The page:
Whakatipu te Pā Harakeke: What are the success factors that normalise the use of Māori language within the whānau?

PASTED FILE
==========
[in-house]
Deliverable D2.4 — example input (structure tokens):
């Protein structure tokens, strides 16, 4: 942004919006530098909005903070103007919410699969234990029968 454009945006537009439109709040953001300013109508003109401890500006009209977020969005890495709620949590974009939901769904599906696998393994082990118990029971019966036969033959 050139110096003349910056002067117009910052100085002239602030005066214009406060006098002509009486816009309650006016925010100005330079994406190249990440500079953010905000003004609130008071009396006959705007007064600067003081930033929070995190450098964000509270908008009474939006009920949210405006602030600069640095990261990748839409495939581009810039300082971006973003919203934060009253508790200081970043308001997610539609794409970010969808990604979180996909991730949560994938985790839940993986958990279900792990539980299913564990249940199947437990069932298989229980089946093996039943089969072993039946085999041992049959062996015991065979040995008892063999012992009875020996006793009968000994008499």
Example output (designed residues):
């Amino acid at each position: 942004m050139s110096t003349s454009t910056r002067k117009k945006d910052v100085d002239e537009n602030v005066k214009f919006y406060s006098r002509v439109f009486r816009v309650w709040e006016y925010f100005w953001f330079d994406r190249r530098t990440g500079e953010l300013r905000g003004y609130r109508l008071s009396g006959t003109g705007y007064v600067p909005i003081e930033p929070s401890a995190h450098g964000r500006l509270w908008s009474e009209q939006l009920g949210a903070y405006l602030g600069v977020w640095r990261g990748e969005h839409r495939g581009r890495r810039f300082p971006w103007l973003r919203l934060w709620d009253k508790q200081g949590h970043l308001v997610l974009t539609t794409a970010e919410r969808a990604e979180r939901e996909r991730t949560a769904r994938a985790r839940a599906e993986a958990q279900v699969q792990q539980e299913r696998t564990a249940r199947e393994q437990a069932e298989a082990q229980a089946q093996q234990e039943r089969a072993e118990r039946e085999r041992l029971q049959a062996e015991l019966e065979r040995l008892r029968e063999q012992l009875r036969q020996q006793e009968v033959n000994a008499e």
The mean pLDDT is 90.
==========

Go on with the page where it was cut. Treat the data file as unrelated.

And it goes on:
Despite the language revitalisation efforts of kōhanga reo and kura kaupapa Māori, the Māori language is still endangered. The population of highly proficient speakers is dwindling (Statistics New Zealand, 2013). The Māori language is not a language of everyday use across a range of settings (Te Puni Kōkiri, 2008). Language experts have identified intergenerational transmission as the principal means of evaluating the vitality of a language and a key factor in reversing language shift (Fishman, 1991; Spolsky, 2004). This requires re-establishing the Māori language in the home. Although there is evidence of the re-emergence of intergenerational Māori language transmission, this is at the initial stages and is not yet the norm in Māori society. The process of transferring the Māori language from generation to generation depends on decisions by parents to learn and use te reo Māori on an everyday basis in their interactions with their children. Whilst educational institutions can support whānau and communities, they cannot take their place (Fishman, 1991). Community support is vital because a living language requires a pool of active speakers, in particular those who speak the language to younger community members. This thesis examines the efforts of eight whānau who have contributed to the revitalisation of the Māori language by ensuring the language is transmitted intergenerationally to their children. All but one of the parents learnt Māori as a second language in their adult years. Six critical success factors emerged from the findings that can be utilised by language planners and parents wanting to normalise the use of Māori within the whānau. The factors include critical awareness, family language policy, Poureo, support, resources and increasing parental language skills.